Broadcast journalism students of the National Film and Television Institute (NAFTI), were the toast of the audience last Wednesday, October 23, as they thrashed graduate students from the University of Ghana, Legon and their undergraduate counterparts from Ghana Institute of Journalism (GIJ), African University College of Communications (AUCC), University of Professional Studies, Accra (UPSA), and others to grab the coveted first prize in the maiden edition of the inter-tertiary media and information literacy quiz competition held at the University of Ghana, Legon.
Dubbed “Spot the Fake”, the contest tests students’ knowledge and ability to spot fake news. It is organised by the School of Information and Communication Studies of the University of Ghana in conjunction with Dubawa, an independent verification and fact-checking platform.
Professor Audrey Gadzekpo, Dean, School of Information and Communication Studies, UG, said the school is using this platform to “create awareness about fake news, to sensitise young people, especially students to be very careful about what they consume and take steps to verify them.” She added that “during elections especially, we should be wary of things that we receive on social media where we can’t attribute the source or have no idea who the source is. We must take extra measures to determine whether indeed it’s true or fake”.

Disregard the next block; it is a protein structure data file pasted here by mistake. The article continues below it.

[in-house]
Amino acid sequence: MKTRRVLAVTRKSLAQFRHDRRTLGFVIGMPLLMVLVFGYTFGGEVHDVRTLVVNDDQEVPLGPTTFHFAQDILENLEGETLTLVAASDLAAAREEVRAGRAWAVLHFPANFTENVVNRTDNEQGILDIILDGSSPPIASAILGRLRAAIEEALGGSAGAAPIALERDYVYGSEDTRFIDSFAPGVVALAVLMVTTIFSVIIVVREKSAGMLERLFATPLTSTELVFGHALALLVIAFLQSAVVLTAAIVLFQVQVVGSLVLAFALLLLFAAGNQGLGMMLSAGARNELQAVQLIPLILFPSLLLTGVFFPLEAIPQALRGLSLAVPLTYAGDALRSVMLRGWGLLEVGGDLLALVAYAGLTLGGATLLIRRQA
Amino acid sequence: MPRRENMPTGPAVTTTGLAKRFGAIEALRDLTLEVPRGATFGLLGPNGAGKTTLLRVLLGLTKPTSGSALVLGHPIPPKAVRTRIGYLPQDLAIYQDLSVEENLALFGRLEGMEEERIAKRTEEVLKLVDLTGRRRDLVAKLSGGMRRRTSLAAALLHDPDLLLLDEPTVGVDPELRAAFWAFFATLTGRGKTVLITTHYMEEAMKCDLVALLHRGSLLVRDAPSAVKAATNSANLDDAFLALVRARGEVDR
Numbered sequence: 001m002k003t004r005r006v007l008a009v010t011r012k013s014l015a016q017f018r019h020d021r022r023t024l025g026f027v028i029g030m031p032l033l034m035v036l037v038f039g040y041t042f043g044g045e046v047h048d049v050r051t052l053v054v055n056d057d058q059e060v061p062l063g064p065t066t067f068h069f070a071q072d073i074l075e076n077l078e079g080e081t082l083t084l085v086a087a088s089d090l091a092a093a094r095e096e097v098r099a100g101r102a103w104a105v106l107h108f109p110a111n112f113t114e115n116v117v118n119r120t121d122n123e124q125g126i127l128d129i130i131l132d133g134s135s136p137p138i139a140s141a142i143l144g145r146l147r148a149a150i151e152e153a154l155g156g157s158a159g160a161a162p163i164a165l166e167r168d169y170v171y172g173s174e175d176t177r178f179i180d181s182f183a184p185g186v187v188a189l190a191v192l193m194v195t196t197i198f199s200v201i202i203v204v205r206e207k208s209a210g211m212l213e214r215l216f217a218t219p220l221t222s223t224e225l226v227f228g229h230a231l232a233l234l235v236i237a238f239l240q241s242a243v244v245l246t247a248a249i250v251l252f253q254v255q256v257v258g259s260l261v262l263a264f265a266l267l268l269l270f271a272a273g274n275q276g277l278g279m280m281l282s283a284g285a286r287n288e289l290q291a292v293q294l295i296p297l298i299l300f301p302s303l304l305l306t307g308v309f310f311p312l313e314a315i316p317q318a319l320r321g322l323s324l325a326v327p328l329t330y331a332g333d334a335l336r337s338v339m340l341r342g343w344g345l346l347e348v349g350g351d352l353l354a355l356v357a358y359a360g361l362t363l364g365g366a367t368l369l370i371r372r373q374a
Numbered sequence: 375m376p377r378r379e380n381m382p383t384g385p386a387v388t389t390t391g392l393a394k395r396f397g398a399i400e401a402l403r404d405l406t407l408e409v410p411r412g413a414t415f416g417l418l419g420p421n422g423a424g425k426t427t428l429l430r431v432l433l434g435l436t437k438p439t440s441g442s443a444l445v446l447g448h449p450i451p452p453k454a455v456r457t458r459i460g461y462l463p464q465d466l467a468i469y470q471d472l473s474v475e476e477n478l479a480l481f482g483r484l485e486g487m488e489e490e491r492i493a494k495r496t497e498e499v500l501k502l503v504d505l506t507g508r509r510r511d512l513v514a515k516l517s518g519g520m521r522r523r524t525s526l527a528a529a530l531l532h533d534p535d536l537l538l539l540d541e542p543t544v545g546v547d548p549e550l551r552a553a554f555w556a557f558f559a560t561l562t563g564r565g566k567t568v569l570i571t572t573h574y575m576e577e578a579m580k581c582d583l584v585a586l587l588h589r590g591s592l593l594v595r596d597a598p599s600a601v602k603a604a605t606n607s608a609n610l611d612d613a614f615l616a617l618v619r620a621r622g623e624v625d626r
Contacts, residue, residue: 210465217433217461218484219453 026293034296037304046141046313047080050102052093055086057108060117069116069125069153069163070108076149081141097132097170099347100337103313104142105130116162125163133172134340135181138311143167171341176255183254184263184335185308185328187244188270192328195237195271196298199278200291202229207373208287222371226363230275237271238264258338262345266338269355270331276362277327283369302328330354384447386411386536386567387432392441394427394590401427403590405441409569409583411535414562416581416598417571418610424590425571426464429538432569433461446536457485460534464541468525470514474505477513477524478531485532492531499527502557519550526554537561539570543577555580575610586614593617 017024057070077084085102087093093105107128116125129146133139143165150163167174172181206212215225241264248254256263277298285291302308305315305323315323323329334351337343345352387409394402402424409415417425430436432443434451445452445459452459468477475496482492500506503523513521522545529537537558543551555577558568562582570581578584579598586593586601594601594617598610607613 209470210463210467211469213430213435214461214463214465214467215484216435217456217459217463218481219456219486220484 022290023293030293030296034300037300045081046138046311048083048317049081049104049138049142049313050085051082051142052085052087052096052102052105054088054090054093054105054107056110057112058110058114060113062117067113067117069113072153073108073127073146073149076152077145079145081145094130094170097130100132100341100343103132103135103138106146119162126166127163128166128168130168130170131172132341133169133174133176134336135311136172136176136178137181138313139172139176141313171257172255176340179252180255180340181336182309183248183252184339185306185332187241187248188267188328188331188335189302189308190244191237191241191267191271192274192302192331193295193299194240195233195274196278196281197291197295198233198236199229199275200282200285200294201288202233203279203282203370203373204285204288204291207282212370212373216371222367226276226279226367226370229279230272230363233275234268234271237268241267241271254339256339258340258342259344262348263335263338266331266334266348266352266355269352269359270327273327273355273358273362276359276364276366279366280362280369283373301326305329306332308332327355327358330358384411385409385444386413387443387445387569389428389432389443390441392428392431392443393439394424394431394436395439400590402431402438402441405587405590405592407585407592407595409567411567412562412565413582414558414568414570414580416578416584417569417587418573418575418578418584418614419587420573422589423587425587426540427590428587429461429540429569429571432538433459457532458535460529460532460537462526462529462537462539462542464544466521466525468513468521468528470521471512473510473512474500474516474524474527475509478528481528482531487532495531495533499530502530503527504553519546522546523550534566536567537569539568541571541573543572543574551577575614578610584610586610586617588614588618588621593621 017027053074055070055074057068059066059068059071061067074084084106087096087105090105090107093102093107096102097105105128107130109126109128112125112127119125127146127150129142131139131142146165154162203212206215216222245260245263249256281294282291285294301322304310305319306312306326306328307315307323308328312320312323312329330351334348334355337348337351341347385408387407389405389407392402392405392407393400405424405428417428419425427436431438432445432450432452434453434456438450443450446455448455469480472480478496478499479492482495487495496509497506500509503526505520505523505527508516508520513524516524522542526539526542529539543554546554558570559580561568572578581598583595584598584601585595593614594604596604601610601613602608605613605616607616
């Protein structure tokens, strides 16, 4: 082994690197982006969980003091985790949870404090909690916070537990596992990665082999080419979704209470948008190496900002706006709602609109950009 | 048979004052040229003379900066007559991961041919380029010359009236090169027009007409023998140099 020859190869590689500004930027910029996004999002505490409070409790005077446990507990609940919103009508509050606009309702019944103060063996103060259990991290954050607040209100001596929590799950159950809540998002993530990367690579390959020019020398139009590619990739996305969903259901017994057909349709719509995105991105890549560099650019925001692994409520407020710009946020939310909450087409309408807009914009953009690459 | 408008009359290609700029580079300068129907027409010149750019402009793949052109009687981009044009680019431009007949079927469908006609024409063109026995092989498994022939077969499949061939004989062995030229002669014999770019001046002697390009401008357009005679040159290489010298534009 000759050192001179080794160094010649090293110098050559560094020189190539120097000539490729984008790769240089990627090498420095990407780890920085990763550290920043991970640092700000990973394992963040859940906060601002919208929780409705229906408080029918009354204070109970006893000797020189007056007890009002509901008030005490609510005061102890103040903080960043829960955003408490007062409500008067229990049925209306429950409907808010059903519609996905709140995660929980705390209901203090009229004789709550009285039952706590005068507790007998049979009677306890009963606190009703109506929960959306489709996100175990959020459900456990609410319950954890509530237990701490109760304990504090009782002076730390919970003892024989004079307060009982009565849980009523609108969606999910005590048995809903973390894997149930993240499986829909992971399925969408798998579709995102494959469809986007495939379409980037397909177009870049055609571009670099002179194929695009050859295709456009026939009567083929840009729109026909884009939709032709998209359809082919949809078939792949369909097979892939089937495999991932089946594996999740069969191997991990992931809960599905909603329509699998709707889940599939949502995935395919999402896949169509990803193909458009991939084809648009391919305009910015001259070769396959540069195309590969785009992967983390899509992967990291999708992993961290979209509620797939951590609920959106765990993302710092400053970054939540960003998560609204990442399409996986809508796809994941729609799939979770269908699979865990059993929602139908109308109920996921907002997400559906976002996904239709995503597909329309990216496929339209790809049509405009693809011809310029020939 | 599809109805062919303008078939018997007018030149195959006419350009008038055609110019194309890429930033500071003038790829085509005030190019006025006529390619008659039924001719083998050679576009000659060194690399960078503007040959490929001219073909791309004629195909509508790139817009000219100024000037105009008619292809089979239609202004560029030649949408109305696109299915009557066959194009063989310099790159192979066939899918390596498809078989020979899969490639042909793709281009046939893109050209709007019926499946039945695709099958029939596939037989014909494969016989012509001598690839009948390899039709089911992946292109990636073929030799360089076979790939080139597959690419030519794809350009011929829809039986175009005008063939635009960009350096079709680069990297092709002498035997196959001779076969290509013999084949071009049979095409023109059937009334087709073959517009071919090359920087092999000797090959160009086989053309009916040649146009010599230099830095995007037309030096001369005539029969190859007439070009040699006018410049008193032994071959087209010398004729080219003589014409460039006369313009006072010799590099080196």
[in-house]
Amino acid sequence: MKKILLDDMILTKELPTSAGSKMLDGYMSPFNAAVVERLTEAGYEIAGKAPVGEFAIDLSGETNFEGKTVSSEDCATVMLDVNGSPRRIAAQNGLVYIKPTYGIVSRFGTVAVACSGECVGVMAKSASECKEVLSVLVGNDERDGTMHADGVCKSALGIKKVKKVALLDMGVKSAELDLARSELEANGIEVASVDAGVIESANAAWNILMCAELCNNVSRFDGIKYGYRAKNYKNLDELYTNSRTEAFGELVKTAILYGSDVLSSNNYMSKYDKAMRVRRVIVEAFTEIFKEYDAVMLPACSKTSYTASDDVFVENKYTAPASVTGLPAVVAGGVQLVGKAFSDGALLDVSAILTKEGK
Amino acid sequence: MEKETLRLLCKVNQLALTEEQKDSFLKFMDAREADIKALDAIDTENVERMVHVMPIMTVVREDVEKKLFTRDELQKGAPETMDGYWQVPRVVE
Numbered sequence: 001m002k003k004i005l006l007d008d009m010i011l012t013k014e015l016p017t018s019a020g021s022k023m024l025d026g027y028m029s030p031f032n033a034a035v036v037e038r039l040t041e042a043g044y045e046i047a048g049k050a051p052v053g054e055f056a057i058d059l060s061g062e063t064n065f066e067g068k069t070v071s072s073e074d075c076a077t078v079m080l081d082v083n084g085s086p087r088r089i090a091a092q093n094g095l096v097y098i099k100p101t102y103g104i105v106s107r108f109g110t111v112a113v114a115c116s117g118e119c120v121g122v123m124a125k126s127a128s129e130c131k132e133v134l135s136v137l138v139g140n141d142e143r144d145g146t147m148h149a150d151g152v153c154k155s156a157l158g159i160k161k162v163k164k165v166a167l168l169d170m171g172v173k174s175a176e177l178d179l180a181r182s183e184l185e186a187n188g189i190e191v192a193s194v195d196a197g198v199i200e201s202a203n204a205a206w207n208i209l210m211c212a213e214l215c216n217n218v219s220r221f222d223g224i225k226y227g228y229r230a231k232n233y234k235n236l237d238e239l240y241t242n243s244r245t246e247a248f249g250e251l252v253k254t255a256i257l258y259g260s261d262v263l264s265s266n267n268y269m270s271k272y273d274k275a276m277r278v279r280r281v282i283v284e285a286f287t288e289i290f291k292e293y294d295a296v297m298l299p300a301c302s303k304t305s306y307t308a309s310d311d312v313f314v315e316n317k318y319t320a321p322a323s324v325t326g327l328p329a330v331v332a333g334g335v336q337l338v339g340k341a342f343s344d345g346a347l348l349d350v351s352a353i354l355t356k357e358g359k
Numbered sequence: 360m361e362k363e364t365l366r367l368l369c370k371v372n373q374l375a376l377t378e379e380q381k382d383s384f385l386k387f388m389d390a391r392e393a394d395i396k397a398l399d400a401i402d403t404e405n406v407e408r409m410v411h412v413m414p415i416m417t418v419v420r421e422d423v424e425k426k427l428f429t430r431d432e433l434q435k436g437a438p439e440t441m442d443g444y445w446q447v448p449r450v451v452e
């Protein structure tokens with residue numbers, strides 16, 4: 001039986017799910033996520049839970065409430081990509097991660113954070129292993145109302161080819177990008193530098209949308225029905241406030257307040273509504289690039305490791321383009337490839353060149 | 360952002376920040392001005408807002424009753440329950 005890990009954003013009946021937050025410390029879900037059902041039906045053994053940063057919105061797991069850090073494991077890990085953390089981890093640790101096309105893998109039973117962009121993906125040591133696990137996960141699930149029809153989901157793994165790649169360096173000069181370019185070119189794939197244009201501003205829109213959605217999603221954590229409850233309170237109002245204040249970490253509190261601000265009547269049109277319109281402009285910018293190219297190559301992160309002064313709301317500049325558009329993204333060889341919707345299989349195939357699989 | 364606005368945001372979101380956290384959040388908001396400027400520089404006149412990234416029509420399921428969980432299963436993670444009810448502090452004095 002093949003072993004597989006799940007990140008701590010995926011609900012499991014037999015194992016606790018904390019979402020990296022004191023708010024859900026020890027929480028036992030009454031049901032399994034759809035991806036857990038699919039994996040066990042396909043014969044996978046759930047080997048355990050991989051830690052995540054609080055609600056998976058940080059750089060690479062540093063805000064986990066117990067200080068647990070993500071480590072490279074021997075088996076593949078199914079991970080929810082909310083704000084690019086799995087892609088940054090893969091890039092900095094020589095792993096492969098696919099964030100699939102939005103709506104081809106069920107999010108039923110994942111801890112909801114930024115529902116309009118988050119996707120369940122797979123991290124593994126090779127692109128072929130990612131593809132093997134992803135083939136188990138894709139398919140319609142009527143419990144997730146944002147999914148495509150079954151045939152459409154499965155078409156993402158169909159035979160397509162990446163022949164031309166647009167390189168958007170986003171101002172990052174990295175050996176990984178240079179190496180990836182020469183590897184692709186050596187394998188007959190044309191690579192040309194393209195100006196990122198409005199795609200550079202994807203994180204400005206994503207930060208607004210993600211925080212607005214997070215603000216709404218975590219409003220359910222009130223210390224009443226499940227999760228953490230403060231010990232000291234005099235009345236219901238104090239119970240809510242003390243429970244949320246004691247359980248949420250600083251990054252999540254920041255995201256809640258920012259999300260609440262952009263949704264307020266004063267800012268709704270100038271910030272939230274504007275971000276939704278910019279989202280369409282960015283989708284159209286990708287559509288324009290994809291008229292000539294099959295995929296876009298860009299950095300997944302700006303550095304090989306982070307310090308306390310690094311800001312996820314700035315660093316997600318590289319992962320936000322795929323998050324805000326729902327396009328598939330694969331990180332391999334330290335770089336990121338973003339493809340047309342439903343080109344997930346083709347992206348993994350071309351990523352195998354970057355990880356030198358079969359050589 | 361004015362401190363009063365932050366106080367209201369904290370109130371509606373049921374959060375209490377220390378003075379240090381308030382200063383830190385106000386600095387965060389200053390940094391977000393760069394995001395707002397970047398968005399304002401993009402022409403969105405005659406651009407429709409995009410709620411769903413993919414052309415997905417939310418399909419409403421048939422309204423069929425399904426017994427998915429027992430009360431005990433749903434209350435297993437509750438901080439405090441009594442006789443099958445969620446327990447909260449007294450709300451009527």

NAFTI, which was represented by two final year students, Constance Evans and Noah Batsa Ayertey, garnered 32 points to beat their closest contestants, the Department of Information Studies of the University of Ghana, who had 23 points. AUCC, GIJ, the University of Ghana Department of Communication Studies, UPSA and Wisconsin International University College had 18, 12, 9, 9, 9 points respectively.
One of the winning contestants, Constance Evans, said they were “disoriented” initially when they received information to join just two days to the competition, especially looking at the calibre of institutions competing. She, however, said that “with coaching and motivation from our lecturer, Mr Selorm Adogla, we burnt the midnight oil and we put in our best.”
Head of the Broadcast Journalism Department at NAFTI, Mary Ayim-Segbefia said “our model which combines theory with serious practical work helps students not only to master their practical skills but also retain a lot of what is taught”, adding that “after all it’s been proven that participation, which in our case is the practical work, has a very high correlation with amount of lessons that are retained.”
Nana Aba Anamoah, a renowned journalist who was the special guest advised student journalists to be wary of the gravity of false news out there and sensitise their peers.
source: NAFTI News
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